For me, the biggest challenge was trying to figure out which hat I needed to wear when.
What I realize now was that I spent so much time over the minutiae when I should’ve been laser-focused on income-generating actions.
Rather than setting a daily goal for pitching clients, I spent hours reading blog posts on how to be a successful freelance writer. I frittered away weeks and months agonizing over which niche to specialize in. Instead of writing samples or reaching out to potential clients, I tweaked my website for the gazillionth time.
Can you feel the resistance? Maybe it sounds all too familiar.
The lesson I’m learning time and again is the critical importance of prioritizing and completing actions that will help me reach my income goals, and then fitting in the rest of my list when I can.
But how do you stay on task when there’s so much that requires your attention?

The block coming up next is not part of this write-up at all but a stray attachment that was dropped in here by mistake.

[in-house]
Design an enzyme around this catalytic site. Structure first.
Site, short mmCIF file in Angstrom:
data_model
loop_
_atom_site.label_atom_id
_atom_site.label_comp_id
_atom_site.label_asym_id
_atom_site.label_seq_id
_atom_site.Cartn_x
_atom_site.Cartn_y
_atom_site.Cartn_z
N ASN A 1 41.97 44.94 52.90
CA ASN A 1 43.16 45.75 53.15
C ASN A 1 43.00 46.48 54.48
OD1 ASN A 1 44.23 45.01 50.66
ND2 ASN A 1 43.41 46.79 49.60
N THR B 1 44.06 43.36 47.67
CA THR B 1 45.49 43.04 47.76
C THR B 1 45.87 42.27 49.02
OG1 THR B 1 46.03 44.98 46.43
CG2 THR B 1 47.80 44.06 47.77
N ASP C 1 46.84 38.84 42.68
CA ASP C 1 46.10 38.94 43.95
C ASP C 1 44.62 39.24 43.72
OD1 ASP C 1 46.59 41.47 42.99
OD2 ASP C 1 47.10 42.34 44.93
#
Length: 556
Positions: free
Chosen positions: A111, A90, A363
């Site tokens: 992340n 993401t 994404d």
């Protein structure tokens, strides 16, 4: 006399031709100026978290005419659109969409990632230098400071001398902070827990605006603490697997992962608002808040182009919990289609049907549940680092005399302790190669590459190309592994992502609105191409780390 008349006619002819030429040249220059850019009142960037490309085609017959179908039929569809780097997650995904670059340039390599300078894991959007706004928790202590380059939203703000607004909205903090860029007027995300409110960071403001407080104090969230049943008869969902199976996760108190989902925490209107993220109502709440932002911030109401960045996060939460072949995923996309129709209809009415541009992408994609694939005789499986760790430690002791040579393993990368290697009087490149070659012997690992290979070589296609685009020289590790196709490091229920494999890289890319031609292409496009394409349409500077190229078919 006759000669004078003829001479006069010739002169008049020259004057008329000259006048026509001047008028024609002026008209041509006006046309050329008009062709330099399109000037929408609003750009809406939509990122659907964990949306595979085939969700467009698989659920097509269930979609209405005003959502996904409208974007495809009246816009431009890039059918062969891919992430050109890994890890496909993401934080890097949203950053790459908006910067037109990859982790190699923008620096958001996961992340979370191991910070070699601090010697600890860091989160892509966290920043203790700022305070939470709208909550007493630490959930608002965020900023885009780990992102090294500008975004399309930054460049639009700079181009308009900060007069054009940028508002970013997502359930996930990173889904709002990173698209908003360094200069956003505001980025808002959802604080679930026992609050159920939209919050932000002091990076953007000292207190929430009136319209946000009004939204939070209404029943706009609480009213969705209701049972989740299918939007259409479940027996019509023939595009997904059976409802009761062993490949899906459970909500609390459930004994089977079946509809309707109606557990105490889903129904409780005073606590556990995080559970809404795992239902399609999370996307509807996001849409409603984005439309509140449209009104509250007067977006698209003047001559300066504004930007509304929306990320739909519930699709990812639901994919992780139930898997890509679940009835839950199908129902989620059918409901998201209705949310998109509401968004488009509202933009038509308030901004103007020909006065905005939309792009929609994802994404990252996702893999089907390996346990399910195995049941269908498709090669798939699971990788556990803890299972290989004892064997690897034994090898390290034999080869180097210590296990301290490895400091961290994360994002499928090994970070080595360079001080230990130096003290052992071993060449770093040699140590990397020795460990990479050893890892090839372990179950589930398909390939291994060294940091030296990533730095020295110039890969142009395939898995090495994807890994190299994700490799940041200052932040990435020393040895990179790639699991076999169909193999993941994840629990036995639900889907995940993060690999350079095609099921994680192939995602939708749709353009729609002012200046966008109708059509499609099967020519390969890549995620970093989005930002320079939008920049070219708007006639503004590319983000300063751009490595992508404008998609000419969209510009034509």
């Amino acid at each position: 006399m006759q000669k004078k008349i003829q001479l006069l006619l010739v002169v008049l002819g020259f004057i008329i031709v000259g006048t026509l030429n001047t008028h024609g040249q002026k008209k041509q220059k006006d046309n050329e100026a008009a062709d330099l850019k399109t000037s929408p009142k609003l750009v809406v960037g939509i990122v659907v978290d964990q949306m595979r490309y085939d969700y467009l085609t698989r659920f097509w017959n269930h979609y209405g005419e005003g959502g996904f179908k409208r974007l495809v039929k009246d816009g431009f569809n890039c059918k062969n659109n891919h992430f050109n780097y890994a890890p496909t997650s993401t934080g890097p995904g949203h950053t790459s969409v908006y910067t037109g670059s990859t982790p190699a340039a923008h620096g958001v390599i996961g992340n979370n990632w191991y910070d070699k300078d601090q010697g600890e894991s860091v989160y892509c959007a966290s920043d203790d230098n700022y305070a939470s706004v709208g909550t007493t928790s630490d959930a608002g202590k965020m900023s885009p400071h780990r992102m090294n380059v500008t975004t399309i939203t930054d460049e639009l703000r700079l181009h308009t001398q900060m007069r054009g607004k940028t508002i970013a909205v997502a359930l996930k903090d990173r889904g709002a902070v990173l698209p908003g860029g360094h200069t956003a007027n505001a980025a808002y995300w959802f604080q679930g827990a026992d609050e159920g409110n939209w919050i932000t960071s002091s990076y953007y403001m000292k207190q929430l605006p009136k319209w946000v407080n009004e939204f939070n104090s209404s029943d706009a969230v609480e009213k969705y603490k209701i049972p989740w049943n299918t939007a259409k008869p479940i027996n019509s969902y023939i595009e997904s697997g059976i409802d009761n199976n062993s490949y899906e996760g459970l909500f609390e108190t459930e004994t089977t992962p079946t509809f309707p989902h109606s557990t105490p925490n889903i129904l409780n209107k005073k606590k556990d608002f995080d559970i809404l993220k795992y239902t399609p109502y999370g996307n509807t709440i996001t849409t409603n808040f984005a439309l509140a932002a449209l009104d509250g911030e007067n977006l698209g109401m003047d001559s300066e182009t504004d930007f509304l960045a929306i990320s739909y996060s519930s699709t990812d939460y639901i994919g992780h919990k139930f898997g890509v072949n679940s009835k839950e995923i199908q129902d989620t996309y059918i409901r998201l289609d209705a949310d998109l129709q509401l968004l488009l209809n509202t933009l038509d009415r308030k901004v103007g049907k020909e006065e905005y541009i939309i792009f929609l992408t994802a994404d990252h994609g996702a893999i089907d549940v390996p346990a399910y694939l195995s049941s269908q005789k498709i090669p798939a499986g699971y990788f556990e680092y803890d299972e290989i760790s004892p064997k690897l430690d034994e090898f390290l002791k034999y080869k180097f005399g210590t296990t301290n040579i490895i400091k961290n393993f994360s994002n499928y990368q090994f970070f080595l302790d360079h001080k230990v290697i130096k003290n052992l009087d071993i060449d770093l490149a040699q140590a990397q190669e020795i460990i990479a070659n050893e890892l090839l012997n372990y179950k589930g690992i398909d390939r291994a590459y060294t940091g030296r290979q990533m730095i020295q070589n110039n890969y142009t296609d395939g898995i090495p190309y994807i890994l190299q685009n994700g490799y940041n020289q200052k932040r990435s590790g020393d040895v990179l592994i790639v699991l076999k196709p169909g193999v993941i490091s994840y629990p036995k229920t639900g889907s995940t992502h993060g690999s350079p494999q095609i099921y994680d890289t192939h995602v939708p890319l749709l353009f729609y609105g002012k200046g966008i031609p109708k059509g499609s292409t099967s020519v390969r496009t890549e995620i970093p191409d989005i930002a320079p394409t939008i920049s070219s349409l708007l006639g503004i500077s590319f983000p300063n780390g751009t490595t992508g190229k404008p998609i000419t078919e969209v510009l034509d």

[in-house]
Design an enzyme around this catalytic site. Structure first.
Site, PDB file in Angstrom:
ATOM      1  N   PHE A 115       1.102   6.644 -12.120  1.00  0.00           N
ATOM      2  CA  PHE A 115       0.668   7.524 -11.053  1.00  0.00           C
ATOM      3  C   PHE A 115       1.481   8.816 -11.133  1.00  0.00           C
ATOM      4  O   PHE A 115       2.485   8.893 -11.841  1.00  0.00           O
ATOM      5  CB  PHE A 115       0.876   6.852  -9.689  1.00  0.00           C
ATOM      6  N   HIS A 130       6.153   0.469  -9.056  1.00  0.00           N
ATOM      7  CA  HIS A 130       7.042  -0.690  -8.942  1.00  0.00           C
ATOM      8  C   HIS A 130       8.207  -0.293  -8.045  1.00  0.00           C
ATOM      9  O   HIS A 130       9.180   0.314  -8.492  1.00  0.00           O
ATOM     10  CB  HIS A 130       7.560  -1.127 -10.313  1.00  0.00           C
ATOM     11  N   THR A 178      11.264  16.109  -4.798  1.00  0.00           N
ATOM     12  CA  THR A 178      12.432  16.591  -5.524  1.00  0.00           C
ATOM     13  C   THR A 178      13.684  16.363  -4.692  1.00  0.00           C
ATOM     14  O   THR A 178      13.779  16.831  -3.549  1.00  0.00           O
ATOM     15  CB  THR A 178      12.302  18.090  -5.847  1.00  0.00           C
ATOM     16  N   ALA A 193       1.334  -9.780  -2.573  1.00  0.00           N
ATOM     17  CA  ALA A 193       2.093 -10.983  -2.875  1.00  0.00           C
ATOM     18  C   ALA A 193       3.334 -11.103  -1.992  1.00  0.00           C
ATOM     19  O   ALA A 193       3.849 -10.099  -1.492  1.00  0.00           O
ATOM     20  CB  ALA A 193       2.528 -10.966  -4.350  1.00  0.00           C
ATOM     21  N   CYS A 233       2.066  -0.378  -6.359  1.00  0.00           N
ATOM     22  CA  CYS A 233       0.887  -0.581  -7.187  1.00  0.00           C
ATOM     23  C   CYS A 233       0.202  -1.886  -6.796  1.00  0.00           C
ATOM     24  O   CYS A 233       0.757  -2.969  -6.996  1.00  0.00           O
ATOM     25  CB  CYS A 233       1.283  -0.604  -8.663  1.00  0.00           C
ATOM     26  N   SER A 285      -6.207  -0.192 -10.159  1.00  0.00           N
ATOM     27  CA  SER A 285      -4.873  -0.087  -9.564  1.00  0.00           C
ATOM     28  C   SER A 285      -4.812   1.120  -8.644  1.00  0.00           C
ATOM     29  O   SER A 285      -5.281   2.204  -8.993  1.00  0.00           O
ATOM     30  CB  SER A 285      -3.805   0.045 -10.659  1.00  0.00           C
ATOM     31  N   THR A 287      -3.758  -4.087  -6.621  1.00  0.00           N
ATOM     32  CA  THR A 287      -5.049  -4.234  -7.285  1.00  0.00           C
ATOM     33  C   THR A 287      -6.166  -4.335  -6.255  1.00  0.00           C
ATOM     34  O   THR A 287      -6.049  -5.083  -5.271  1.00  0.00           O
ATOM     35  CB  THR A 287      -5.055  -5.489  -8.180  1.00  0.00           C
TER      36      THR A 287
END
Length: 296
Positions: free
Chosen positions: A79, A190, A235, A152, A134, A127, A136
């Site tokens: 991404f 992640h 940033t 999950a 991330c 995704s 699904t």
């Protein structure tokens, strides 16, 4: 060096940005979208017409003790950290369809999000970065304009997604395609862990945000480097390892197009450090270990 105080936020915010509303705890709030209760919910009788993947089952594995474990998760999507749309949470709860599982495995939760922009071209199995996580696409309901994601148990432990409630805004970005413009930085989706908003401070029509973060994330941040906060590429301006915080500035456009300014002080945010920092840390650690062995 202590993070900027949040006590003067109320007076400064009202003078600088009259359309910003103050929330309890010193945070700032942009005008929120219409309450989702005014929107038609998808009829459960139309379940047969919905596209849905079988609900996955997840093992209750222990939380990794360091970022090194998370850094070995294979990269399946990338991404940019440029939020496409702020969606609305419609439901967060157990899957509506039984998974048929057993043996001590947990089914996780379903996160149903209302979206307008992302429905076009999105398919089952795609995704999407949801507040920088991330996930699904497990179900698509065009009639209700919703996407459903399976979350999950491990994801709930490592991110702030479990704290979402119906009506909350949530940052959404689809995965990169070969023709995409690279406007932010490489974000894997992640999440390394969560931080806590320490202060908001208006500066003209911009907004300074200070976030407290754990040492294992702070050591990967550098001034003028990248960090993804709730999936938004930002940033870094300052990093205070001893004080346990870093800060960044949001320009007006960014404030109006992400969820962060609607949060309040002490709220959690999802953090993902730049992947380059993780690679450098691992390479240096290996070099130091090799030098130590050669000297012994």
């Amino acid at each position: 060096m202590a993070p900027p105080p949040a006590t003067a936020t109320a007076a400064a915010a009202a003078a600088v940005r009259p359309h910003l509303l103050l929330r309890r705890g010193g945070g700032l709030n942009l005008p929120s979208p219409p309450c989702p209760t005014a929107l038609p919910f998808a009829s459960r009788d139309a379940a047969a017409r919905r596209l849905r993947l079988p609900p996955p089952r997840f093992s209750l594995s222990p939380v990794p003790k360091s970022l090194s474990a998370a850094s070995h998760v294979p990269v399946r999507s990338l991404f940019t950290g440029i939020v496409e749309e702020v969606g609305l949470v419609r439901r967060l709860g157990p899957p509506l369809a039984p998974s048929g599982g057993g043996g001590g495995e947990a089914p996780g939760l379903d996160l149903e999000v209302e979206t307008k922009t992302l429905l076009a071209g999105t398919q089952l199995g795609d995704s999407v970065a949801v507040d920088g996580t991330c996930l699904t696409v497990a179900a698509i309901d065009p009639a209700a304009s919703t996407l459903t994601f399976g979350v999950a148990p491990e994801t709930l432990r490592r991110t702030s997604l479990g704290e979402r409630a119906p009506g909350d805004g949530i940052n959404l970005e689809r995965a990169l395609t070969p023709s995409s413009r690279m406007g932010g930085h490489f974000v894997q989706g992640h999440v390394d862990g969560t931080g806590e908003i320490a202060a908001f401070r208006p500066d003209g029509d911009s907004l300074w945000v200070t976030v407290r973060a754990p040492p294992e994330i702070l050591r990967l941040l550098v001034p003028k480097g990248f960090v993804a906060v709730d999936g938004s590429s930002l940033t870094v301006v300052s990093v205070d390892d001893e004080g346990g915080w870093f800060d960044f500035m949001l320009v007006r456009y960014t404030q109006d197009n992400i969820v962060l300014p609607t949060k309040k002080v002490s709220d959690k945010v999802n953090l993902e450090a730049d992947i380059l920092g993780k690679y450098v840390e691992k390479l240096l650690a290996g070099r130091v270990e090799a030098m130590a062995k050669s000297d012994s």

Here are a few things I’ve learned over the past year:
The social media time suck is real.
Nowhere do I feel more like a hamster on a wheel than when I’m slogging away on social media.
Right now, my social platforms of choice are Twitter, Medium and Pinterest. I spend a good amount of time on each, trying to stay active and build connections, but what started off as an exciting process is now quickly eating away at my time.
I used to have my Twitter account set to text me every time someone followed me, or liked or retweeted a post, or mentioned me in any way. In the beginning, it was exciting, like gaining a new (faux) friend. But lately it’s become a source of unnecessary distraction, so I recently turned my notifications off.
I heard that Pinterest marketing, if properly done, can be instrumental in driving traffic to blogs. So, a few weeks ago, I set up a Pinterest Business account (search Kari Anne Watterson) and went through the process of setting up my boards and pinning my content. With each new blog post, I create a new Pinterest image in Canva or PicMonkey and pin my new content to my Pinterest account.